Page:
8th May 2013 9:30am-6:00pm
Chelsea College of Art and Design
Miss Chuquicamata: disputed mining settlement between foreign capital and national identity. Ignacio Acosta.
Chuquicamata in northern Chile was once the world’s largest known deposit of copper. Initially developed by the Guggenheim brothers in the 1910s, the mine was the centre of a dispute over the extent of foreign ownership and capitalist control, which concluded with the nationalisation of the ‘Gran Mineria’ by Salvador Allende in 1973. Extractive industries have been the main source of estate revenue for this Latin America nation since colonial times; therefore it remains a highly sensitive political issue. Between 1904 and 1916, large copper ores were purchased by U.S. capital. As a consequence, until the 1970s vertically integrated multinationals controlled the main copper bodies of the country. The paper discusses the repercussions of these firms on Chilean economic systems, as well as their impact in shaping the modern world economy.
Today, Chuquicamata’s mining settlement is disappearing under the residues of the expanding mine; the architecture can be seen as enduring legacy of past colonial interventions. Through photography, I interpret the design typologies of an imported architecture as reflection of a troubled historical past. These designs carried ideas of modernisation and progress; the ruins stand as symbol for their disintegration.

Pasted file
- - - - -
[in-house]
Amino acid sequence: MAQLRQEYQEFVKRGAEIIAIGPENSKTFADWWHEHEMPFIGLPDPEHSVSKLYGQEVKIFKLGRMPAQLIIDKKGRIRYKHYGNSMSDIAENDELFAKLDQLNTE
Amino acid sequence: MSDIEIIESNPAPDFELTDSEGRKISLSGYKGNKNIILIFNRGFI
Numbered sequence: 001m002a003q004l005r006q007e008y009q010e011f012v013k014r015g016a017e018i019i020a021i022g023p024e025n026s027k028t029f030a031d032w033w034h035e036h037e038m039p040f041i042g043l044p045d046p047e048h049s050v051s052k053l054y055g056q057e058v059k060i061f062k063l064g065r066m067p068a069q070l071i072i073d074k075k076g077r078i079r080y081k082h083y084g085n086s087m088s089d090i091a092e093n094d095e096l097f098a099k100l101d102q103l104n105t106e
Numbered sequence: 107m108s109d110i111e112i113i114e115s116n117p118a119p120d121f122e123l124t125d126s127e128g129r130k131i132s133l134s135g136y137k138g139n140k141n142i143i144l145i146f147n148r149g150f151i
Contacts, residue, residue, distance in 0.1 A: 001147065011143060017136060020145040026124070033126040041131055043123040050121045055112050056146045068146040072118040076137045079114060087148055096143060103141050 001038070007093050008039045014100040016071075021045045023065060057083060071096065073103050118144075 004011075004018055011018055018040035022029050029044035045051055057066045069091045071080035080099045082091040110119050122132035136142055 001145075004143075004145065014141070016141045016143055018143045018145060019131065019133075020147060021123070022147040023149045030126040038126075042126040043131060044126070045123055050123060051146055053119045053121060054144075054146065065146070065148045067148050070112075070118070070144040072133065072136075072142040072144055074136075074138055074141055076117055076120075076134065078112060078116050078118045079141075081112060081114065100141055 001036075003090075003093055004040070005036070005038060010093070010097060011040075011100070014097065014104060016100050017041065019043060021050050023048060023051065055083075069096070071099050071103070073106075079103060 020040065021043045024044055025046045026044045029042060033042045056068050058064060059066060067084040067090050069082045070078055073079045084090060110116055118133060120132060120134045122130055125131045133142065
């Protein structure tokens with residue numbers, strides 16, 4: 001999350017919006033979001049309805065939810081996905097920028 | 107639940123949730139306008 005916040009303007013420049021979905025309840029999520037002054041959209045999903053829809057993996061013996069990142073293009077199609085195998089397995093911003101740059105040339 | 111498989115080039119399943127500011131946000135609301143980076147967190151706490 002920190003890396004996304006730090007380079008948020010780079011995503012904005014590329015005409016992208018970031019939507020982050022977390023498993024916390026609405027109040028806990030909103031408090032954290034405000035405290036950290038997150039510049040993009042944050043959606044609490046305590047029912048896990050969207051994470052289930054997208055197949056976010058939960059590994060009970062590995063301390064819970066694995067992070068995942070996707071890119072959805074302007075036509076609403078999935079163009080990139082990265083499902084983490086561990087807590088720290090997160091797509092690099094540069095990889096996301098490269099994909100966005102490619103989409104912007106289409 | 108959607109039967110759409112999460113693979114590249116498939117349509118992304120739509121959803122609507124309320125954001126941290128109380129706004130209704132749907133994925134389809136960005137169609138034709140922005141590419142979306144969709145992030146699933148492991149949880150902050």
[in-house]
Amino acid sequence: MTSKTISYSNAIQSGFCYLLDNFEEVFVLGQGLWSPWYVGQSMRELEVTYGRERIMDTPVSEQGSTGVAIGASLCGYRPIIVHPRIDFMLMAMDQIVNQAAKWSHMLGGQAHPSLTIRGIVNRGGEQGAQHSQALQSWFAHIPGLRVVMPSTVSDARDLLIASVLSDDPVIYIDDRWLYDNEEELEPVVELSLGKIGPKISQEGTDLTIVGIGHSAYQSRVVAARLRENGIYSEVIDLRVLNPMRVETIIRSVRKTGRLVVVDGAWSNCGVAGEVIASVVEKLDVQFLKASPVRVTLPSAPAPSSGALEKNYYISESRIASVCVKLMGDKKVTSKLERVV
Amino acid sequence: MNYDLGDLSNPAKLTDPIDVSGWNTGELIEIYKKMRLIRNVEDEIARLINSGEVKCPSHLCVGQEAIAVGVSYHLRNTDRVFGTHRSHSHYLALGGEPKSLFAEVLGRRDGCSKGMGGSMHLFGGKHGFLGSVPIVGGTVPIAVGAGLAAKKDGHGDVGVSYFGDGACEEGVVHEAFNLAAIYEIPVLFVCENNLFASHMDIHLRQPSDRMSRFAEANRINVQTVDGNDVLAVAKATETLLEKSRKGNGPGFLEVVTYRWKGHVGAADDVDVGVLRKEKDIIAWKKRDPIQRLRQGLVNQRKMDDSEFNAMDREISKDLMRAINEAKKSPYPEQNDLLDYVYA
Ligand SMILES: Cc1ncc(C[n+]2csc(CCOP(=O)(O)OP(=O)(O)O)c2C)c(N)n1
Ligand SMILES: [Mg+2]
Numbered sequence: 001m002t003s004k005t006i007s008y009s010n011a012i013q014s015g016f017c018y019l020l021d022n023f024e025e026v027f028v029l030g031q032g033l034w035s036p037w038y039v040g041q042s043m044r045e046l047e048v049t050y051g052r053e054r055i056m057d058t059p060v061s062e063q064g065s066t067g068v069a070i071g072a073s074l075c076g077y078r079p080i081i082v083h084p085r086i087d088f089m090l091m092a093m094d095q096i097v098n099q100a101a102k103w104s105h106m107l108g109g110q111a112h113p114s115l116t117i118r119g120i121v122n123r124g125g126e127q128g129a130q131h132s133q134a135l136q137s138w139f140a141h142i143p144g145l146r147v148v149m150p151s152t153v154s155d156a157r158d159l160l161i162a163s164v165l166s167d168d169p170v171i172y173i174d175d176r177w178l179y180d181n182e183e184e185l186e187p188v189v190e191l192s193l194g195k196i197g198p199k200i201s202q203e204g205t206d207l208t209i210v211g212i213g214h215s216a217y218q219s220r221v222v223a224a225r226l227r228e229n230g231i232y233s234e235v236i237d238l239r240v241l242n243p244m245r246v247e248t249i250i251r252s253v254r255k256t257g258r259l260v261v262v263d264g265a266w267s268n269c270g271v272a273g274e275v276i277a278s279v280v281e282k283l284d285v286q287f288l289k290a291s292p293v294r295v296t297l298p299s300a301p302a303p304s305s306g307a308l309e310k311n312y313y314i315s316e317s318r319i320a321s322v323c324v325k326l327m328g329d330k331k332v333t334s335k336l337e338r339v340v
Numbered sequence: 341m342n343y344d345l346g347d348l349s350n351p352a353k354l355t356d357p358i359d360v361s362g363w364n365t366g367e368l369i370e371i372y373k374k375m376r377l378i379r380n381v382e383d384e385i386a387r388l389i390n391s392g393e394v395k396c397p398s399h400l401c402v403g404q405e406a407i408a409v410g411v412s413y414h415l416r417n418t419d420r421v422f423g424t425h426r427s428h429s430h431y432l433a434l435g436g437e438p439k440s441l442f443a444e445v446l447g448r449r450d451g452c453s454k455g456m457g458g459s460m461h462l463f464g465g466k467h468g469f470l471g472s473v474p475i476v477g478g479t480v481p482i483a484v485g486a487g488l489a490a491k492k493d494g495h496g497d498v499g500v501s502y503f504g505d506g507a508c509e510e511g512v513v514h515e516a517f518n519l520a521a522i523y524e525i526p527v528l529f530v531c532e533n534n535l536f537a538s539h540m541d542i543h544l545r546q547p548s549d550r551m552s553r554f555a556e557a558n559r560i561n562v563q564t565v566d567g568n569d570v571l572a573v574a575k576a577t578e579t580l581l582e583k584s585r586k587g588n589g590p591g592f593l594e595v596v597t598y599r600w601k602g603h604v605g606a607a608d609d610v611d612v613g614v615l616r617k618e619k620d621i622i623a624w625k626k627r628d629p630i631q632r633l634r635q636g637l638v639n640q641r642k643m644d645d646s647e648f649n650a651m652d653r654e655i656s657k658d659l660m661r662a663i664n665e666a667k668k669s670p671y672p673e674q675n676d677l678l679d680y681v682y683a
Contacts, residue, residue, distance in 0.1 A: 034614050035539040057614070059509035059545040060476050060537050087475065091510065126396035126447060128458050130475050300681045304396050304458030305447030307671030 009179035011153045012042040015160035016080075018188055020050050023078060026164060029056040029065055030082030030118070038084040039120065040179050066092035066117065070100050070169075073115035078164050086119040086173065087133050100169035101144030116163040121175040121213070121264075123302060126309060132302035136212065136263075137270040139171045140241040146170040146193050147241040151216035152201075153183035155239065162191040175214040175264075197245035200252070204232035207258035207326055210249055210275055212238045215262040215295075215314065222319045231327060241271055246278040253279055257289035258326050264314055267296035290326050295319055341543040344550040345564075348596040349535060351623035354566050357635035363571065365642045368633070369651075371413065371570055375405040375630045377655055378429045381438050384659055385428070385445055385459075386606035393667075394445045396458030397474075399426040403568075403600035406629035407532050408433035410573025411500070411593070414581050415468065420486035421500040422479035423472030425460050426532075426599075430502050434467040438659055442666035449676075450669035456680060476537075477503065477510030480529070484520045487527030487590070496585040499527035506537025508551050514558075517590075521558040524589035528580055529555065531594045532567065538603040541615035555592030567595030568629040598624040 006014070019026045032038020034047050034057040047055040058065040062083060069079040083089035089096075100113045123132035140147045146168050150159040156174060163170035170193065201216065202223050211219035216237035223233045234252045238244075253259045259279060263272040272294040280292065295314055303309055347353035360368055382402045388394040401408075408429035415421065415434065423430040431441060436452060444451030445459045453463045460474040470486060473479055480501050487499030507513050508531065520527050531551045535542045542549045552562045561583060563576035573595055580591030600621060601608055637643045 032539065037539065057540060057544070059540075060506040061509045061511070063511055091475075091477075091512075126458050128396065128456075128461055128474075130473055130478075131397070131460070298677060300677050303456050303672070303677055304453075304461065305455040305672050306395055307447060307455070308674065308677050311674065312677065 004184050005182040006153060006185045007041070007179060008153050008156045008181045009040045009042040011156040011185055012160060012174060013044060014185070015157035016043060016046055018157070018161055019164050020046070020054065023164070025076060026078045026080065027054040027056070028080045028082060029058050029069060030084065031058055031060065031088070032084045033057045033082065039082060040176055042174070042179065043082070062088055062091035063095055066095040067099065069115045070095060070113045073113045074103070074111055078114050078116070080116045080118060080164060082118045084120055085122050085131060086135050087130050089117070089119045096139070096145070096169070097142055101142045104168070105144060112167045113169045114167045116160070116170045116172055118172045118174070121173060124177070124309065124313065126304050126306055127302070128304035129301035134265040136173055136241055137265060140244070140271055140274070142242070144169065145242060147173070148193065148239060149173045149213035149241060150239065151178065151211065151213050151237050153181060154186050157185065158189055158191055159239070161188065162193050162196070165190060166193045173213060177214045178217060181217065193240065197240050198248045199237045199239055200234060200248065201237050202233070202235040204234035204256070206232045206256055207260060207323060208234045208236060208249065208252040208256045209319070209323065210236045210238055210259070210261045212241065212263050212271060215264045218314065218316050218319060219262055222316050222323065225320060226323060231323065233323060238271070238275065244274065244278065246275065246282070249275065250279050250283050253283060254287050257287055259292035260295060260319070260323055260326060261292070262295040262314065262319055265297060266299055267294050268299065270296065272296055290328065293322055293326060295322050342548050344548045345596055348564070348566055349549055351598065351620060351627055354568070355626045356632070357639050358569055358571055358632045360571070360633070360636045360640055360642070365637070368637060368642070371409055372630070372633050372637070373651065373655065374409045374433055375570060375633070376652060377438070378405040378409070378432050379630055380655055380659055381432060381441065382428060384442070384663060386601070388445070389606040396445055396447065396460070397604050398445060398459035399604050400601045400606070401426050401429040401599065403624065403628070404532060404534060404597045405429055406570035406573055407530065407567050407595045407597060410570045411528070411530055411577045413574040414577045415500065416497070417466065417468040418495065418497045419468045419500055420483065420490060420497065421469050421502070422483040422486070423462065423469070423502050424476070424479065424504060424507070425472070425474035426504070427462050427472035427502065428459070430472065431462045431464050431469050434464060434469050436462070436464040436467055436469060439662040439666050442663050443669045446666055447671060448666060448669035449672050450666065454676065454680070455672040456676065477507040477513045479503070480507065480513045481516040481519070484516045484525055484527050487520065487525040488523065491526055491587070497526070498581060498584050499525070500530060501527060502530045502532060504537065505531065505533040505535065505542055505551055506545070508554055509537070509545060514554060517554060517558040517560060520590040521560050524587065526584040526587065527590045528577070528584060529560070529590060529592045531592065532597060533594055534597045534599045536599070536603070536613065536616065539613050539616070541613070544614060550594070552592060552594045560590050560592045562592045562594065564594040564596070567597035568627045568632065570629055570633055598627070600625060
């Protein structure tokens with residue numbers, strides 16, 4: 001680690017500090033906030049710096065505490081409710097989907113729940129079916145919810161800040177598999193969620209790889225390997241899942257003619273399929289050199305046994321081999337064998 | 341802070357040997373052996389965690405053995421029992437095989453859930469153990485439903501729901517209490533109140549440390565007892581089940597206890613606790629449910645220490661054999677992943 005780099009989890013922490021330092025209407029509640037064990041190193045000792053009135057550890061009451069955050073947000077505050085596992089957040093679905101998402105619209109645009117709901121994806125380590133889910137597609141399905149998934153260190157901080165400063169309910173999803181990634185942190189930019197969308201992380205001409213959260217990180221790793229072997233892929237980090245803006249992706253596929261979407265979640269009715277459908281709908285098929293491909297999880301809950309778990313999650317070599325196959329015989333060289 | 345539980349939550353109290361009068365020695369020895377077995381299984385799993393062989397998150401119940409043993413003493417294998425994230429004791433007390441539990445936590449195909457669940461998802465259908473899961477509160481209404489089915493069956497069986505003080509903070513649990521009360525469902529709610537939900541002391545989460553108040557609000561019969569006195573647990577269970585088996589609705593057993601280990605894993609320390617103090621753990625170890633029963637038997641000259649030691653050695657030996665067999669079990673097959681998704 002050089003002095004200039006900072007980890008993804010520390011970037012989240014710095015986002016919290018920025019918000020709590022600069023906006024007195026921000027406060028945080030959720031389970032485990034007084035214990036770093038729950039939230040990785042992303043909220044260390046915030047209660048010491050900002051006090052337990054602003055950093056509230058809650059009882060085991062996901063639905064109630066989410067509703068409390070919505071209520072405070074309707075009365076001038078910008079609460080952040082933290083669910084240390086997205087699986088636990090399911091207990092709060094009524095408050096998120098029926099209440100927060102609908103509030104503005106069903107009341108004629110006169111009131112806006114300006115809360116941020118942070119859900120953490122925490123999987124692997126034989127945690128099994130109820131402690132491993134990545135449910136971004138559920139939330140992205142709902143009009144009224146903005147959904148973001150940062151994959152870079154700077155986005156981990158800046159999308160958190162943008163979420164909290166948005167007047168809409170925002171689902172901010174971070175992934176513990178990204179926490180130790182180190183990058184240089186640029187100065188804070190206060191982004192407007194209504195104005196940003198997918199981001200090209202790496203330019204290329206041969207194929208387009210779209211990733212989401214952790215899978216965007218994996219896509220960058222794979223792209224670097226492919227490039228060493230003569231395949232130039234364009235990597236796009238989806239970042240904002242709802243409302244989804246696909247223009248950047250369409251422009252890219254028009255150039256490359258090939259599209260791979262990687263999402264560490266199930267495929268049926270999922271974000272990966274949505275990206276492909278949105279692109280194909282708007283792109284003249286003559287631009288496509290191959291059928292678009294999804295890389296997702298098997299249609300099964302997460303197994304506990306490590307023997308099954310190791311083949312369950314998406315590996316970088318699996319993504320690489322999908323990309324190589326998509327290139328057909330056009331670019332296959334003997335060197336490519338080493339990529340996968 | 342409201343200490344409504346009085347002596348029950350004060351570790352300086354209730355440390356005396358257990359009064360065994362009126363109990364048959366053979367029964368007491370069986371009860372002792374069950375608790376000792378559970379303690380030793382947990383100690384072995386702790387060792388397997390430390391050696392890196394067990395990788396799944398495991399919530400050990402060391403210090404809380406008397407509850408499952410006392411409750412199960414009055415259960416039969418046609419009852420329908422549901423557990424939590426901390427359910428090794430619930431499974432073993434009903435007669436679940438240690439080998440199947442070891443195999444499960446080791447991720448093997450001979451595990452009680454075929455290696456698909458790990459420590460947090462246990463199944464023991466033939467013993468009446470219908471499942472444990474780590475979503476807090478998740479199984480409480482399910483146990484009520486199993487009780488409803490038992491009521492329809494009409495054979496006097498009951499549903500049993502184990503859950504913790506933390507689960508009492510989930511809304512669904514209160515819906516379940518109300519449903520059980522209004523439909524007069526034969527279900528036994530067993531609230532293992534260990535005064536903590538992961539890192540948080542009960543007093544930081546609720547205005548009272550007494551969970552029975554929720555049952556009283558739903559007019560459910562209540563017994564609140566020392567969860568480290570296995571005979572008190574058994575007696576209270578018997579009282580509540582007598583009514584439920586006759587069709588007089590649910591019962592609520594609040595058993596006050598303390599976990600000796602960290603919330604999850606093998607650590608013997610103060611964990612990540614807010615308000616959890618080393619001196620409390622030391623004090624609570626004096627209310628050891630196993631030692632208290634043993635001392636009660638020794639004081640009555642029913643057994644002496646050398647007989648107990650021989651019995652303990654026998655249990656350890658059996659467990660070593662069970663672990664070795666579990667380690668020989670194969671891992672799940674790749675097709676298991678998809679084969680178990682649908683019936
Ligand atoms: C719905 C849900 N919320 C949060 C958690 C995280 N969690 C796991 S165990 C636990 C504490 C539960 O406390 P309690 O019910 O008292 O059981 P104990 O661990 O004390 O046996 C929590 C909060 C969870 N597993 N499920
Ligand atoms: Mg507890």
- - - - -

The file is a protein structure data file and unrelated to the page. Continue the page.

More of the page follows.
Part of a Multidisciplinary Research Conference. Supported by the Transnational Art, Identity, & Nation Research Centre (TrAIN), CCWGraduate School, University of the Arts London.
’Re-Contested Sites/Sights’ is the theme of UAL’s second Doctoral student-led research conference sponsored by the Research Centre for Transnational Art, Identity, and Nation (TrAIN).
The conference brings together research projects which challenge dominant ways of perceiving identities and bodies, spaces and places as well as questioning their visual representations. Last years keynote speaker, documentary film-maker Eyal Sivan, urged us to ‘re-vision’ these spaces, through acts of appropriation and re-appropriation. These presentations of various modes, from a range of disciplines, will continue to challenge these spaces in what promises to be a day full of creative exchanges of ideas and practices, between Doctoral candidates at the University of the Arts, London and TrAIN, with a selected number of PhD students from other UK Universities.
Keynote Speaker: T.J. Demos is critic and Reader in the Department of Art History, University College London. He writes widely on modern and contemporary art and politics under globalization, and is the author, most recently, of The Migrant Image: The Art and Politics of Documentary During Global Crisis (Duke University Press, 2013), and Return to the Postcolony: Spectres of Colonialism in Contemporary Art (Sternberg, 2013). In 2007, he published The Exiles of Marcel Duchamp (MIT Press, 2007). He also recently guest edited a special issue of Third Text (no. 120, 2013) on the subject of “Contemporary Art and the Politics of Ecology.”